Plaza captivates as Emily
It's funny what you'll talk yourself into doing when your back is against the wall. Take Emily, for example. She's carrying $70,000 in student debt, can't get a good-paying job due to DUI and assault charges from long ago and is working a dead-end job. So, when an opportunity arises where she can earn a quick $200 by purchasing an expensive television for a front who will resell it, she reluctantly agrees to do so. It goes off without a hitch, there's money in her pocket and the wolf is no longer at the door...at least temporarily. So, why not agree to do another job?
This is the slippery slope Emily slides down, and before you know it, she's in over her head, making fake credit cards, moving more expensive items and taking bigger risks. As Emily, Aubrey Plaza is captivating, moving from desperate to fierce over the course of this taut, riveting character study. Its pointed examination of the economic forces that keep so many young professionals financially trapped is on point, while the script by director John Patton Ford frames Emily's plight in such a way that we can't help but sympathize with her. One of the year's best films, this one is well worth seeking out. In theaters.
Summering meanders to nowhere
There's a great deal of heart in James Ponsoldt's Summering. Unfortunately, there's little else and that's a shame, as the subjects of this well-meaning film are so often underrepresented on the big screen, while its message is worthwhile. Taking a page from Stand by Me, four young teen girls discover a body during the waning days of summer and try to find out who the dead man is and how he met such a grisly end.
The four young actors in the lead roles - Lia Barnett, Sanai Victoria, Madalen Mills and Eden Grace Redfield – are very good, their sincerity grounding the film, giving it a sense of authenticity that's absent in the script by Benjamin Percy and Ponsoldt. As good as they are, there's a lack of urgency to the story, as it meanders from one moment to the next, going from coming-of-age tale to Nancy Drew mystery to family drama without missing a beat, yet never fully developing any of narrative threads it employs. To be sure, we need films that encourage girls to grow into confident, assertive women. Unfortunately, Summering isn't it. In theaters.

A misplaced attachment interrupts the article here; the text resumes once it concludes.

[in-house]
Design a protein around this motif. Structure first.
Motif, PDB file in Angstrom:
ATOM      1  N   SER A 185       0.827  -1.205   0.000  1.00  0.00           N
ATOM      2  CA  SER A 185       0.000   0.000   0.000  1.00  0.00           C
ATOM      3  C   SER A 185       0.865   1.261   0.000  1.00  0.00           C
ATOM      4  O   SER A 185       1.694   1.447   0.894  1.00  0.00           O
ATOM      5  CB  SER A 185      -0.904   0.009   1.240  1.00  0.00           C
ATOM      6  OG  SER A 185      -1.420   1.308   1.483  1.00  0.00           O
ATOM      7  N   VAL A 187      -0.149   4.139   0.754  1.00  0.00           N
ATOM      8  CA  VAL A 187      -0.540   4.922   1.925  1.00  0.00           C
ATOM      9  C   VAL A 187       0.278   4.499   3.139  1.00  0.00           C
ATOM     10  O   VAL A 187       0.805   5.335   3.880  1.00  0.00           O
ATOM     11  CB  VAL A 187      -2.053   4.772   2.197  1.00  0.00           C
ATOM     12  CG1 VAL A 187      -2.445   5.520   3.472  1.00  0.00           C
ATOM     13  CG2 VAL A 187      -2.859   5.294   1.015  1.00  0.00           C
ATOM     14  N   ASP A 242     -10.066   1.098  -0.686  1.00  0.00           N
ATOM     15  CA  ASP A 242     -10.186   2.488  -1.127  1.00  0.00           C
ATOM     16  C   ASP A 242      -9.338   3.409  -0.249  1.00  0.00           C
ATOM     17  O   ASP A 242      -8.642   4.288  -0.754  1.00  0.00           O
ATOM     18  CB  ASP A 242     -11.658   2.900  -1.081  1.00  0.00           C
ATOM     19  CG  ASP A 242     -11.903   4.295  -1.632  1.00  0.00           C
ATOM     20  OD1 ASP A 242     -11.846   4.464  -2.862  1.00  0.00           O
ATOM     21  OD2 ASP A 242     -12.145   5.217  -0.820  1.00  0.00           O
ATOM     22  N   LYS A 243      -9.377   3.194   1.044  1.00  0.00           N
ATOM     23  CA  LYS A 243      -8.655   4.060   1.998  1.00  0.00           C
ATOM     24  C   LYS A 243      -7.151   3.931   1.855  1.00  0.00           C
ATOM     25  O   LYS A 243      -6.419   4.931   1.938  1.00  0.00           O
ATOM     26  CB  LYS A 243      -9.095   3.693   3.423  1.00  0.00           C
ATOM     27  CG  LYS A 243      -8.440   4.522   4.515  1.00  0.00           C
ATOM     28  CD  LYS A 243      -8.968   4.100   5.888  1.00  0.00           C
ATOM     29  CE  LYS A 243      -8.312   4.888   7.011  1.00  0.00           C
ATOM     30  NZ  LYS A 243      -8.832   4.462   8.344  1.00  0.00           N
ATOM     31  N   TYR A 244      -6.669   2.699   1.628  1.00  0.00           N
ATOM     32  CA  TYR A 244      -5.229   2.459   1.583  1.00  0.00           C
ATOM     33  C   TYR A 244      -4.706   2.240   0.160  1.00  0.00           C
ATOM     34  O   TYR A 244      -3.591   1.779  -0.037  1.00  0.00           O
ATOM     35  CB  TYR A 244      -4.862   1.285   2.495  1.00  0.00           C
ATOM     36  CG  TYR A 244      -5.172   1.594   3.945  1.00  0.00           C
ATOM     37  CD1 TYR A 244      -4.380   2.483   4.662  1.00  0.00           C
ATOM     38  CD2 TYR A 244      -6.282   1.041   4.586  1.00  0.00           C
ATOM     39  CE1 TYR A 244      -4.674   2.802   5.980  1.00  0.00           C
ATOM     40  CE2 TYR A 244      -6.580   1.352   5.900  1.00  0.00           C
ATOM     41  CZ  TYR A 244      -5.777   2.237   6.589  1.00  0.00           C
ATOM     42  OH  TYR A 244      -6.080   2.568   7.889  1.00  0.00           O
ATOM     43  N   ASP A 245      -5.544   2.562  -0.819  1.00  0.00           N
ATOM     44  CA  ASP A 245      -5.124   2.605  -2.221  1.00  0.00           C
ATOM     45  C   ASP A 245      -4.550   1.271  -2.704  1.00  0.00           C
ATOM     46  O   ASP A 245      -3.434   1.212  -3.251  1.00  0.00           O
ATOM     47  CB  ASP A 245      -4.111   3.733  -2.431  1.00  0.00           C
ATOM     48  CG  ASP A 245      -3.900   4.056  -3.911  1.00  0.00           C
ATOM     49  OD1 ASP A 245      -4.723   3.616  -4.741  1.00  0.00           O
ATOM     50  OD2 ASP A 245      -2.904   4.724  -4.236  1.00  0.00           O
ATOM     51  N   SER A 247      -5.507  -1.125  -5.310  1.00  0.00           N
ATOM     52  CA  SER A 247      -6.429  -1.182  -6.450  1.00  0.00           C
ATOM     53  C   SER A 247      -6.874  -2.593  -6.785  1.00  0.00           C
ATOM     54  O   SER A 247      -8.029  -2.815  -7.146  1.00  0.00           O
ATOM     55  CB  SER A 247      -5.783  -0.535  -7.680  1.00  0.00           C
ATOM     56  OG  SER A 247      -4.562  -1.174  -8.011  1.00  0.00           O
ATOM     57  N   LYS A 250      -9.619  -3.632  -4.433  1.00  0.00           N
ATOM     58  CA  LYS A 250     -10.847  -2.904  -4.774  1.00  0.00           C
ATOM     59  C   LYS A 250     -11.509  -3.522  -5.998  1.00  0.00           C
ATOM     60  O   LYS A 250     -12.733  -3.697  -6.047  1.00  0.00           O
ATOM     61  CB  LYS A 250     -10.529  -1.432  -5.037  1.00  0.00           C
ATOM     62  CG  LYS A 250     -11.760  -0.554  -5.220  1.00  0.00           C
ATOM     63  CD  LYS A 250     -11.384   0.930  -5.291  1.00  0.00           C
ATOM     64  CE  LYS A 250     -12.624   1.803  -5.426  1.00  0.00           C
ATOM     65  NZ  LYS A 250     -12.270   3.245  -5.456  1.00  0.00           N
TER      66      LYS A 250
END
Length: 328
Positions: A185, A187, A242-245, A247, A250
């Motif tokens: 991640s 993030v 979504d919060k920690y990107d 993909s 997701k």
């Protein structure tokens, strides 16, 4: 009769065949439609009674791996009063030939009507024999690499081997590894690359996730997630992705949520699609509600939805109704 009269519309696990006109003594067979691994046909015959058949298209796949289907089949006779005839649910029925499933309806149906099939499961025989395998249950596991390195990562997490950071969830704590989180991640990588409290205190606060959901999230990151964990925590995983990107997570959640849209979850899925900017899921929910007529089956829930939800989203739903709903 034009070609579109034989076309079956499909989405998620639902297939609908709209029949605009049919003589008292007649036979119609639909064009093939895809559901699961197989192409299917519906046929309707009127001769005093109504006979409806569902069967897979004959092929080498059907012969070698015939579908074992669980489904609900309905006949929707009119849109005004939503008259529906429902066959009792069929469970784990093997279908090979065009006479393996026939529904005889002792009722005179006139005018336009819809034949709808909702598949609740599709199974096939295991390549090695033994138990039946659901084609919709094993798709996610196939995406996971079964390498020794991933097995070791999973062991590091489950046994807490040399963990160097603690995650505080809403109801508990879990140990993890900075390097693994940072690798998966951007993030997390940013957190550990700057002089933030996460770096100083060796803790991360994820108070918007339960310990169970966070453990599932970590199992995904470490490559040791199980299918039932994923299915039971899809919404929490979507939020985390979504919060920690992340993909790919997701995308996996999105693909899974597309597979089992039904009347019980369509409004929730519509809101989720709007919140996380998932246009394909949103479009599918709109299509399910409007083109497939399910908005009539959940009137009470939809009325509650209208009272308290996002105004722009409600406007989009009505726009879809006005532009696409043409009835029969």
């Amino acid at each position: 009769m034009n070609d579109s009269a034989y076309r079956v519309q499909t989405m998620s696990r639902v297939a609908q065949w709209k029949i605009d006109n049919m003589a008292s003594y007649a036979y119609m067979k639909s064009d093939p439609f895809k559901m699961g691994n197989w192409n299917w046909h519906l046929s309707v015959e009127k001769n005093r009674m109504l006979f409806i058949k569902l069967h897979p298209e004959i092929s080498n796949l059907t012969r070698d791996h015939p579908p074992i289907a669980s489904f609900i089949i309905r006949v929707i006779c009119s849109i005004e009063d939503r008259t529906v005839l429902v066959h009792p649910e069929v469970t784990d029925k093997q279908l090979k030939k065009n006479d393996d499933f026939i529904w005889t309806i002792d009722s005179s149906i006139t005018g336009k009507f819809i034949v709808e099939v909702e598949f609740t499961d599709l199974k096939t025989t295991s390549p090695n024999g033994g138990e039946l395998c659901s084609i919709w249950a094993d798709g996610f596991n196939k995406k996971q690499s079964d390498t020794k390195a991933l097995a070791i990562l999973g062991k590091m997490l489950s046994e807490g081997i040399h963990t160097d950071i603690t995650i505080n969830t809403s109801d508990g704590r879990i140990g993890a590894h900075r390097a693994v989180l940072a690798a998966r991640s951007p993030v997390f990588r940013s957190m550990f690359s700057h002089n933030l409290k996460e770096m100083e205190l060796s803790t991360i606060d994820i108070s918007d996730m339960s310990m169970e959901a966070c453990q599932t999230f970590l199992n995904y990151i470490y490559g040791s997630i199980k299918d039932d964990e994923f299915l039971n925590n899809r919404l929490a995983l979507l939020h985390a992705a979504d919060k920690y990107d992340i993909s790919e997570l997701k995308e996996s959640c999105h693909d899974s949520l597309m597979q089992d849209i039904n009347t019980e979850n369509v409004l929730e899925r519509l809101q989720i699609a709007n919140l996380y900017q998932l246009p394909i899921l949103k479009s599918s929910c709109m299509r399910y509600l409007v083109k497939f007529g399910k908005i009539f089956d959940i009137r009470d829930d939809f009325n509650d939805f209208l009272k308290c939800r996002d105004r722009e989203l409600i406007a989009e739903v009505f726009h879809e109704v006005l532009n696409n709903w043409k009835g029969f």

Father-Son dynamic focus of quirky Dad
Chuck (Patton Oswalt) has a problem. His son, Franklin (James Morosini), has cut off all communication with him. So, he does what any desperate father would do – he creates a fake Facebook page, pretending to be a young woman his son's age and initiates contact with him. Obviously not a good idea, and before you know it, Chuck's catfishing his own son, a problem that gets worse when Franklin insists they go to meet his new love. Talk about the road to nowhere...
Morosini also wrote and directed I Love My Dad, which proves to be a unique, rather brave film that dives deep into dysfunctional relationships that exist between fathers and sons as well as the harm social media does on the self-esteem of so many Zillenials. That Chuck learns more about his son pretending to be someone else isn't a surprise. However, what he discovers about Franklin and himself is revealing, and rather poignant. And while the ending might seem a bit too pat, the narrative chances Morosini takes early on build enough good will in the viewer that we can overlook it. Available through Video-On-Demand.